While in graduate school, Jessica Gutierrez was an organizer in the New Orleans/Baton Rouge Recovery School District said she helped interpret for Hispanic families in the state who were going through immigration proceedings through Catholic Charities
“I’ve always wanted to run for office, for me politically it had to be the right time. As someone’s daughter I wanted to build my career on my own,” she said. “So when I traveled and went out of the state for grad school. I got to see how public education works in other countries, and also how we’ve dismantled the public school system in Louisiana.”
She returned to Chicago after President Trump’s election, and immediately jumped into politics as a way to combat the anti-immigrant sentiment that dominated the 2016 election.
During Jesus “Chuy” Garcia’s campaign to win her father’s seat in Congress last year, she worked as his North Side field coordinator. She also helped Delia Ramirez’s campaign in her successful bid for for 4th district state representative.
“Delia was coming by the house after I had just returned to meet with my father for an endorsement session and there was an immediate connection with her,” she said. “I asked about her campaign and with my background in research she let me jump back into grassroots organizing for her. And she really became a mentor for me.”
Regarding her campaign platforms, Jessica Gutierrez said education is an issue dear to her. Specifically, she supports charter school teachers who want to unionize and believes Chicago Public Schools should have an elected school board.
“We can just look a couple miles away from where I’m at right now and they have an elected school board that works,” she said. “If the suburbs can do it, we can too.”
Other areas she’d like to focus on if elected having more transparency regarding how the ward’s menu money is used and more events to allow residents to give feedback on community issues, two things she says the current alderman isn’t doing a good enough job of.
“I think we need to create those spaces and promote that culture of transparency,” she said. “The 30th ward is unorganized right now. … Our campaign has been going on for the past 10 months and we’ve been creating those community spaces and open culture. It’s not hard to do, it’s just talking to people and that’s a humbling experience.”
As for the legislative responsibilities of an alderman, if elected she wants to make sure residents in the city’s wards get the same type of attention that tourists currently do when they visit downtown.
“We’re at a crossroads in Chicago and we don’t have time for rubber stamp aldermen,” Jessica Gutierrez said. “If we want that we can save our tax dollars and just send a robot to vote downtown.”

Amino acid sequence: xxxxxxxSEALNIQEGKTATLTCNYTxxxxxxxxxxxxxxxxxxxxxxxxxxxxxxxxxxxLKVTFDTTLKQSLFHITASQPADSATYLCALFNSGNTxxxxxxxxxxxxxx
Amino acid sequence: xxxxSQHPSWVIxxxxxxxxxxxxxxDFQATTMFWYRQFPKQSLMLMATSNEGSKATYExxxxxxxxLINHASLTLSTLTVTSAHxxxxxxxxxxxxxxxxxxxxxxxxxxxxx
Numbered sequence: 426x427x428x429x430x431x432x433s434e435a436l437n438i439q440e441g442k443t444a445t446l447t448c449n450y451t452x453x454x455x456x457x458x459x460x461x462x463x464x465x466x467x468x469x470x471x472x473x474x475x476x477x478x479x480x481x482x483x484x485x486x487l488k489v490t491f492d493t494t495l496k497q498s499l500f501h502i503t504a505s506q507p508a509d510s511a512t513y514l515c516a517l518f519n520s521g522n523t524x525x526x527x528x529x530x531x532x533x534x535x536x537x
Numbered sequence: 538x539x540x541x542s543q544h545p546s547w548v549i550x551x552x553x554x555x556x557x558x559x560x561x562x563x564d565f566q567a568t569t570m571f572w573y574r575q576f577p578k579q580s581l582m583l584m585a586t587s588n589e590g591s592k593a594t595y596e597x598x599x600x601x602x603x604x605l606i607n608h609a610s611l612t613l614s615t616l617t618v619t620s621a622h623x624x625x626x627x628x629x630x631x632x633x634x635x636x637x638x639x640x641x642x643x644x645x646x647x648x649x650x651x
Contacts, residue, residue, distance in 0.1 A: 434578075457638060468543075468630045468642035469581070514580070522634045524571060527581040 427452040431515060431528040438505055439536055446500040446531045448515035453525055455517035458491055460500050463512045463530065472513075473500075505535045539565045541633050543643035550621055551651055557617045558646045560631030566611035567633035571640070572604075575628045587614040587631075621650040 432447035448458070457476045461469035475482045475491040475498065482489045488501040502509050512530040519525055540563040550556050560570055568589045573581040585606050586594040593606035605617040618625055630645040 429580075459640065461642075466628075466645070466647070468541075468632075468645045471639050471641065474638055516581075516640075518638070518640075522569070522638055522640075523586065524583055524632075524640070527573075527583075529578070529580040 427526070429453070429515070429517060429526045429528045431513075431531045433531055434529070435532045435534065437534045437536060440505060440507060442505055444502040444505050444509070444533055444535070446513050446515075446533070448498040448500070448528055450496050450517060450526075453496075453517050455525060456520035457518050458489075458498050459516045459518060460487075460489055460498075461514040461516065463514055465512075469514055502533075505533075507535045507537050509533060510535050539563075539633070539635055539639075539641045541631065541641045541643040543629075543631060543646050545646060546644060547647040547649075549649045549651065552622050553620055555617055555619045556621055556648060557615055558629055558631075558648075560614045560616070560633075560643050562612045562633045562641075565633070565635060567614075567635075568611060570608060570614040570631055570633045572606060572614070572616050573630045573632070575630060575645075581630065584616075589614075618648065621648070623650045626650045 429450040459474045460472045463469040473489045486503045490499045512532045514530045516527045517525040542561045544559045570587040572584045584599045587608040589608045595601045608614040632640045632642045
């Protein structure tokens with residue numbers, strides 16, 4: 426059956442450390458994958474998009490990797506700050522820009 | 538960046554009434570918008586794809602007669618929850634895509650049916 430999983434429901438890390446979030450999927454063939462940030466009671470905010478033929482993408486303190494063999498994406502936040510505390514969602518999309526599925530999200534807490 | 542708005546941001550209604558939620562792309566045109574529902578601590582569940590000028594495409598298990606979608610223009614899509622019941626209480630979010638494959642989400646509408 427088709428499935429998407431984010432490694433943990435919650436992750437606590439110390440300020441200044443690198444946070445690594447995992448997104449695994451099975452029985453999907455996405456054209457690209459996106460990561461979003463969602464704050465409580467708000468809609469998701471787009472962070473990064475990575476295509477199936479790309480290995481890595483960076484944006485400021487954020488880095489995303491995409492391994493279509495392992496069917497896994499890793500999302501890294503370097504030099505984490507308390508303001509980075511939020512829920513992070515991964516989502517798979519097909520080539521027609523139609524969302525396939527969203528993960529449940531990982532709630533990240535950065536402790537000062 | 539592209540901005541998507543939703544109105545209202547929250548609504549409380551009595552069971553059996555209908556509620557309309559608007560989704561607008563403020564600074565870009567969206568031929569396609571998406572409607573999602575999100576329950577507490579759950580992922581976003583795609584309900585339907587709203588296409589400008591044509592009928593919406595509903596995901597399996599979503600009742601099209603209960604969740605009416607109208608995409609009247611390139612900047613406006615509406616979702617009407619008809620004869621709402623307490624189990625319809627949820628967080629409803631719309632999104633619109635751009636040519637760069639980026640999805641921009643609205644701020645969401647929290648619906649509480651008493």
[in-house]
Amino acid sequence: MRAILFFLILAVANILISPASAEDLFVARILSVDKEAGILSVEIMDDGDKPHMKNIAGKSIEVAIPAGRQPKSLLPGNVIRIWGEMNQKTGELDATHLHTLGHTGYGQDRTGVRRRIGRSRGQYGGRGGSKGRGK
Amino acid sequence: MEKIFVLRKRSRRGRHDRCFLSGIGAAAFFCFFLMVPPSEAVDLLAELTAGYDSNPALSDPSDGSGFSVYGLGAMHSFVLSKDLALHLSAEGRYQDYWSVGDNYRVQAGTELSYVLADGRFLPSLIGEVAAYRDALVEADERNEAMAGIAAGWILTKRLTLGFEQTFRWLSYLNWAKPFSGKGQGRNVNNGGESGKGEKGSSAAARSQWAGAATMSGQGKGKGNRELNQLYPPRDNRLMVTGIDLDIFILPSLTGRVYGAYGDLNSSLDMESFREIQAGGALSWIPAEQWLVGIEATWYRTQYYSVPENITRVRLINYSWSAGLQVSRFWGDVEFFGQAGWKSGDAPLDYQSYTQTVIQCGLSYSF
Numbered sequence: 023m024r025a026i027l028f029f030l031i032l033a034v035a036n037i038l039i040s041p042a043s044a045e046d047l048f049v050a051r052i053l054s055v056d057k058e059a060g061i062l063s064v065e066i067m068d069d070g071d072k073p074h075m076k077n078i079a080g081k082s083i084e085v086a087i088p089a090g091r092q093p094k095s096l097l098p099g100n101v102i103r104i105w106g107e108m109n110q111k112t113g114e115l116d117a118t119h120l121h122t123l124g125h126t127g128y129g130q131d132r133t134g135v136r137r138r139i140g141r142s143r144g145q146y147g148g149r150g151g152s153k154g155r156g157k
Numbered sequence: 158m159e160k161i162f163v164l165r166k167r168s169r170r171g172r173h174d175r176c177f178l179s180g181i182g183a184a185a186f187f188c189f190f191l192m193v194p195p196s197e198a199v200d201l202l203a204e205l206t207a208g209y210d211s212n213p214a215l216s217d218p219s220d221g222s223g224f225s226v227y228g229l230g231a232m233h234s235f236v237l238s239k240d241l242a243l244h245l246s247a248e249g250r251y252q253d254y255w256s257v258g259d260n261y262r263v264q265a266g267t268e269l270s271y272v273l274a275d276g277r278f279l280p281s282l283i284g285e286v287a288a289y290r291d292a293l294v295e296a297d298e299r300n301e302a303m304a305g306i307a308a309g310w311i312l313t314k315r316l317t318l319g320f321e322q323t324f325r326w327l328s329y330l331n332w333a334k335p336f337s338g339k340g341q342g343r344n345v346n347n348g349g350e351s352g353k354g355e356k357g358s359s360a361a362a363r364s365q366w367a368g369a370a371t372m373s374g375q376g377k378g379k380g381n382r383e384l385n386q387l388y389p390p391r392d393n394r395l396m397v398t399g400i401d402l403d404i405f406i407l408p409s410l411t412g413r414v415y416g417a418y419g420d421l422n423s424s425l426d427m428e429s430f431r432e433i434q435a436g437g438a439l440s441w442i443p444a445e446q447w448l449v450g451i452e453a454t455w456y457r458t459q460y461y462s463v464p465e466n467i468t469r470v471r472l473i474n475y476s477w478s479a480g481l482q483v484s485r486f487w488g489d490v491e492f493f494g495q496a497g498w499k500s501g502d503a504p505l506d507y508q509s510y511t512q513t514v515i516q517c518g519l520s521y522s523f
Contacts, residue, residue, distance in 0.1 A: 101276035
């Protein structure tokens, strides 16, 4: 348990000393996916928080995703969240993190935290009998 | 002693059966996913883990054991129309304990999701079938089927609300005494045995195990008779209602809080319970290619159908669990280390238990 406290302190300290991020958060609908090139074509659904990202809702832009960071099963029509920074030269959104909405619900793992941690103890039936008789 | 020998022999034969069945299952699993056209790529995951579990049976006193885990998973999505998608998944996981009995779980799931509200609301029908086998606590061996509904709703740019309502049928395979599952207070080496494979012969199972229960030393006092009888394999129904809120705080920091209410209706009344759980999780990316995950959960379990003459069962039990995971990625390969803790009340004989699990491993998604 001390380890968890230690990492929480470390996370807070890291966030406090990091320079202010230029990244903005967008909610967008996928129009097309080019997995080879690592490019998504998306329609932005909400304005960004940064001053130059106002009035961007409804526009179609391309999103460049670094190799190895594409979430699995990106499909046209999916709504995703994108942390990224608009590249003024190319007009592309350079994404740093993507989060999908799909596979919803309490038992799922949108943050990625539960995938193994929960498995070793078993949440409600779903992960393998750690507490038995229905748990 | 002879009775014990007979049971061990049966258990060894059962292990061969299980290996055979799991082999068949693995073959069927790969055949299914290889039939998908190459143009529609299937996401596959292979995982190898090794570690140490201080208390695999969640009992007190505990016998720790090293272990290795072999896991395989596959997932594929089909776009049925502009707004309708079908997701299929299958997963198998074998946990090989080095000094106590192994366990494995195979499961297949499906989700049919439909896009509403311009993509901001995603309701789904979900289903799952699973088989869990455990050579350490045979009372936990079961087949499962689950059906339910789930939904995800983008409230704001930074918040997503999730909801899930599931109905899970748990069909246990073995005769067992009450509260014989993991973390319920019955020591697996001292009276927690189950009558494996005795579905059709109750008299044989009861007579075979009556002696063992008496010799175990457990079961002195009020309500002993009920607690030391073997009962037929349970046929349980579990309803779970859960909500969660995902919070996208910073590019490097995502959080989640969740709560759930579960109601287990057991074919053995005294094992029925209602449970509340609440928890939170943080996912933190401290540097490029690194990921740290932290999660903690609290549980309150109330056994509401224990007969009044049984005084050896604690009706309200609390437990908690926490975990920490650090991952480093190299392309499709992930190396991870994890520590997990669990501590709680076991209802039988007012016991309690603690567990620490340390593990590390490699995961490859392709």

Reboyras has voted with Emanuel more than 96 percent of the time
“City Council needs strong legislators to hold the mayor accountable. So if the mayor wants to buy a pack of pencils, well the mayor’s going to need 26 votes,” she said.
Her endorsements currently include SEIU Healthcare Illinois.
This isn’t the first time Edgar Esparza has taken on Reboyras. At just 19 year old, he ran for 30th ward alderman in 2014, only to be removed from the ballot because 2,000 of his petition signatures were deemed to be improperly bound.
He ran as a write-in candidate anyway and was defeated. But this year he’s older — 23 — and said he has a better handle on the issues facing the ward.
Esparza attended St. Genevieve Elementary School and graduated from Notre Dame College Prep in 2014.
“The first time I ran, I hadn’t been that politically active,” he said. “But my parents were always complaining about certain things.”
Growing up in Belmont Cragin, those complaints included a lack of vibrancy in the ward’s business district and crime.
Esparza said he’s running again because Reboyras has failed to address basic neighborhood concerns like sidewalk and street maintenance. He’s currently enrolled at Columbia University in New York studying history and is expected to graduate in May.
Regarding his age, Esparza says his lack of professional experience wouldn’t be an issue because he’s lived in the ward and knows what neighbors are concerned about.
Specifically, he said middle-class families in the ward are concerned about gentrification spillover from Logan Square displacing them as rents and property taxes go up.
“The people that created the problems that Chicago has right now there are like age 50 and up,” Esparza said. “Not be ageist or anything, but you can’t really say that I’m too young to address the problems happening in the ward every day. The old way of doing things in Chicago isn’t working.”
He added that not all of the city’s current aldermen started out with a political background —including Reboyras himself.
“To really go out there with residents and be involved, that’s another thing that I’m already doing,” Esparza said.
Esparza’s endorsements include Dr. Willie Wilson, one of the candidates running for mayor.